WESTBROOK, Maine (AP) — L.L. Bean's flagship 24/7 stores in Freeport closed on Sunday for the first time in nearly a half-century as 500 people gathered at a memorial service for the retailer's longtime leader.
The service for Leon Gorman was held at a performing arts center in nearby Westbrook. Burial was to be private.
The Portland Press Herald reported (http://bit.ly/1EW5PWZ ) that Gorman's casket was center stage as a string quartet played classical music. A painting of Gorman, sitting alongside his two English springer spaniels, stood at the left of the casket.
Mark Swann, executive director of the Preble Street Resource Center, a nonprofit that helps the homeless, said Gorman had volunteered at its Portland soup kitchen every Wednesday morning for 12 years. He said the resource center's annual volunteer of the year award will be named the Leon Gorman Volunteer Service Award in his honor.
Swann said Gorman was a very powerful person who dedicated his time and effort to helping those with the least power who were impoverished.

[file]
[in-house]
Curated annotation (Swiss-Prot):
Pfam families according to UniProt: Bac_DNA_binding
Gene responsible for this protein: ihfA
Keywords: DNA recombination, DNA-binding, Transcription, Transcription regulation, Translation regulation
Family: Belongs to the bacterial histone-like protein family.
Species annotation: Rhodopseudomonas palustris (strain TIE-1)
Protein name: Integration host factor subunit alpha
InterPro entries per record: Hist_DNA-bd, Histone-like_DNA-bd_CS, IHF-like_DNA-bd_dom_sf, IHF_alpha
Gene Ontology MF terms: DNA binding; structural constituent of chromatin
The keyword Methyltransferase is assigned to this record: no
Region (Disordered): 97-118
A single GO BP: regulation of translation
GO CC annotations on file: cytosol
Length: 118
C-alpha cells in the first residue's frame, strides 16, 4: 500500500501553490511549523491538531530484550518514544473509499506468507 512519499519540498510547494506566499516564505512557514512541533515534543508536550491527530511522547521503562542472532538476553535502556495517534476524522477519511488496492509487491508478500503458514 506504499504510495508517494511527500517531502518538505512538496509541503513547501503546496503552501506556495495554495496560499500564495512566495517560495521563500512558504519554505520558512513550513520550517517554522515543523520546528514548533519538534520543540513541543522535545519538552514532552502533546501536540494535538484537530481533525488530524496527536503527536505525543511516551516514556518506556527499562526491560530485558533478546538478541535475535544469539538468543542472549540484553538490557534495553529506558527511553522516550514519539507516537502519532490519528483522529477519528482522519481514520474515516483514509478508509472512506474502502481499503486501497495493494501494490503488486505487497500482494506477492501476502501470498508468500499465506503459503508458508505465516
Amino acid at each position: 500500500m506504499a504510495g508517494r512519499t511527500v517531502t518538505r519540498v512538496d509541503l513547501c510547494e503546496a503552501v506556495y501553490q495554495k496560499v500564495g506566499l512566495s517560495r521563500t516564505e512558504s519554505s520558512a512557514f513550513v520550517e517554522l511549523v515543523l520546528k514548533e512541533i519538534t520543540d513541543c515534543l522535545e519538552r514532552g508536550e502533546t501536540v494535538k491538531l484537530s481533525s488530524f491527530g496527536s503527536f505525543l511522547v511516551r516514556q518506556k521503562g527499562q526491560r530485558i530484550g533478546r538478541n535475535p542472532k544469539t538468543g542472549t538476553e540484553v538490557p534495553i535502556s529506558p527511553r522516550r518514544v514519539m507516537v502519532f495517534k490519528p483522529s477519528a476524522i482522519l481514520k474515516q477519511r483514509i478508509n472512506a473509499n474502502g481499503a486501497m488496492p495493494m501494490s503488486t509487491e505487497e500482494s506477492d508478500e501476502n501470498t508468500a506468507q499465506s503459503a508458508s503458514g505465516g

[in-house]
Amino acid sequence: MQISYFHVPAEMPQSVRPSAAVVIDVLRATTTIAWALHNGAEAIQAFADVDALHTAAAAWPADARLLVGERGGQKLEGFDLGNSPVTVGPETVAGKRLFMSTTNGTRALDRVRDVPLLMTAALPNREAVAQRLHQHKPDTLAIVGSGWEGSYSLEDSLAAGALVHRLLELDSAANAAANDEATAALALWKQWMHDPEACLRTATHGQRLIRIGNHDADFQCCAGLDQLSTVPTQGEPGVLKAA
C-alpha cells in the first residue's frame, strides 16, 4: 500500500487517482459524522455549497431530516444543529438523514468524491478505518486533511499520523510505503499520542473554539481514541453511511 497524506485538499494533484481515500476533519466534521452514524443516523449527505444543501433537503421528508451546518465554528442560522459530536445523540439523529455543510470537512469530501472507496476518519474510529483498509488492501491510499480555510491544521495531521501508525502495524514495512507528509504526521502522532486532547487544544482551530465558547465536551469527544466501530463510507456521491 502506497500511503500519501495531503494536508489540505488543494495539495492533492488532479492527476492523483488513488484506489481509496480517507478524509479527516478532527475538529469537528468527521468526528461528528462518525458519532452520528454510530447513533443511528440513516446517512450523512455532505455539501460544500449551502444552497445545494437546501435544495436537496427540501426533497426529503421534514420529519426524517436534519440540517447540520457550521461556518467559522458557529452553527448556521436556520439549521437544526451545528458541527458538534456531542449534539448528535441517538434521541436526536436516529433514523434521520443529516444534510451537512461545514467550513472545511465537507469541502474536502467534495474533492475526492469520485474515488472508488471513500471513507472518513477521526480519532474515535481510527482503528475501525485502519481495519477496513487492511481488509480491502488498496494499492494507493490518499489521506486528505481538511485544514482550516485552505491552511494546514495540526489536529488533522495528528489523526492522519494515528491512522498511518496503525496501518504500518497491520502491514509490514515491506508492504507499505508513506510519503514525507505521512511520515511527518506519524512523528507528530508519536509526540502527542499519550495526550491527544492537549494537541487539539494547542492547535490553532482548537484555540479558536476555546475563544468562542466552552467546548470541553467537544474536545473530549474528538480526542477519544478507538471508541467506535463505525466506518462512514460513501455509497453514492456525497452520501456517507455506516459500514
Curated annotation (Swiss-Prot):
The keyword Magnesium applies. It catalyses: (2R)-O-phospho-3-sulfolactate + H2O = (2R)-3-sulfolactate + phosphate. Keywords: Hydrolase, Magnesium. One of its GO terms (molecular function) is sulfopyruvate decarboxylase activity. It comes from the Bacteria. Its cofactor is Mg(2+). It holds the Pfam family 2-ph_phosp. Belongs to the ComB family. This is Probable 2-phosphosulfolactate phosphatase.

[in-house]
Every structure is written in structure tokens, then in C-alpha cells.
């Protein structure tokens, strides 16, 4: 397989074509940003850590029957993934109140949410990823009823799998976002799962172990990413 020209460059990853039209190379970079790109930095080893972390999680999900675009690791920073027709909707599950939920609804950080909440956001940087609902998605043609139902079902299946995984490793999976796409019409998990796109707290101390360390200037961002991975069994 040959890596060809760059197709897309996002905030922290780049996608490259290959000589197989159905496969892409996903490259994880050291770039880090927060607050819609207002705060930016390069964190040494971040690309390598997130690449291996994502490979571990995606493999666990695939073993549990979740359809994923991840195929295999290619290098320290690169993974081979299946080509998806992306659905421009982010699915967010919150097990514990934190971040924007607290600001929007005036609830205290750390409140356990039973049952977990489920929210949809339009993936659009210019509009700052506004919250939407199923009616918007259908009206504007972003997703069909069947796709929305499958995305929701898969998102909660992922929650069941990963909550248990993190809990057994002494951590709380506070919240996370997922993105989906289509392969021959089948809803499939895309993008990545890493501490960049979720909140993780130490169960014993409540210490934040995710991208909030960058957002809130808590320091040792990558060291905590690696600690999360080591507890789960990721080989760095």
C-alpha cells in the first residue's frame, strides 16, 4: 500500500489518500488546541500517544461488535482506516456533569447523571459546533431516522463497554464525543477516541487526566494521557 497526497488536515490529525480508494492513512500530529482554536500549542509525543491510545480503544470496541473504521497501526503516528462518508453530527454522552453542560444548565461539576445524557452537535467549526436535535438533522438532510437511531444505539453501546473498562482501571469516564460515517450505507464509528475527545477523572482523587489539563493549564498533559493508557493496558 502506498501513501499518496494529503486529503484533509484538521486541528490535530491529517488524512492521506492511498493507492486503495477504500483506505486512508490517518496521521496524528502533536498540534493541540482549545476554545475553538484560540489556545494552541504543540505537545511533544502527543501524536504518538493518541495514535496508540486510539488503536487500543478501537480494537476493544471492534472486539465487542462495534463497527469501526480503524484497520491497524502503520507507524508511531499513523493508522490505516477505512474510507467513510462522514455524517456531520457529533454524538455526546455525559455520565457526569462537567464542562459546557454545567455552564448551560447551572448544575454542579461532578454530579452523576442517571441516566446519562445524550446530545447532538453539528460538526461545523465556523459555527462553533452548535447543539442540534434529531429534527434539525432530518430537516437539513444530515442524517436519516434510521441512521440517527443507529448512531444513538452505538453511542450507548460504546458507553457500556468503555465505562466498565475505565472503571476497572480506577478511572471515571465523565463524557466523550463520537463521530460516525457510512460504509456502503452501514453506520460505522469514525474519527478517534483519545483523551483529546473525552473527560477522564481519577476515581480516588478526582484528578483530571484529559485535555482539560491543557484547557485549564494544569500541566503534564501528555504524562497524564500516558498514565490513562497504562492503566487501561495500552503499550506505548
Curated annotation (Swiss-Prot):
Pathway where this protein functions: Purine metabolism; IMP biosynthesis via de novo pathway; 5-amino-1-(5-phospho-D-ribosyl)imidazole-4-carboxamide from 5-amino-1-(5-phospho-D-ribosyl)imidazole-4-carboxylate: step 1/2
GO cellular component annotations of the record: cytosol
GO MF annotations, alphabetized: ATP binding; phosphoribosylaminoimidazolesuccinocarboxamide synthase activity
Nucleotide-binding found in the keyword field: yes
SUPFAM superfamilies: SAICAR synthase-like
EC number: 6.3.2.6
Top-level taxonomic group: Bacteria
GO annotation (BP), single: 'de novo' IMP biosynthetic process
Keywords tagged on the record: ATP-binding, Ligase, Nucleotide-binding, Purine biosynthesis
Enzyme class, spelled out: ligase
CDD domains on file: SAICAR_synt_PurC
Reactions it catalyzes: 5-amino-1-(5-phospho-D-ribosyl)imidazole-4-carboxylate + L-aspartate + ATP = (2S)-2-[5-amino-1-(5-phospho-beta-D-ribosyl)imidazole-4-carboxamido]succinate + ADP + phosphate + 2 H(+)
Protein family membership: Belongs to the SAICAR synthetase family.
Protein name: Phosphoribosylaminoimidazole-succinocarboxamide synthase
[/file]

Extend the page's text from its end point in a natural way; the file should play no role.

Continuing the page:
"What a lesson from Leon for all of us," Swann said.
Gorman, the grandson of founder Leon Leonwood Bean, led the Maine-based company as CEO or chairman for 46 years before retiring as chairman of the board in 2013. He died earlier this month of cancer. He was 80.
He transformed the company after his grandfather's death in 1967 from a mail-order company with $5 million in annual sales and 100 employees into an international multi-channel retailer with sales topping $1.5 billion and more than 5,000 workers.
He also was a philanthropist and conservationist, giving to a variety of causes and working to ensure land is protected for future generations.
The fact that the Freeport stores closed underscores his importance to the company and the state.
L.L. Bean has voluntarily closed its stores only twice before, following the deaths of President John F. Kennedy and L.L. Bean himself.
Since 1951, the Freeport stores have been open 24/7 year-round, a tradition that dates to the days when fishermen and hunters roused L.L. Bean at all hours from his home above the store when they needed supplies.
Information from: Portland Press Herald, http://www.pressherald.com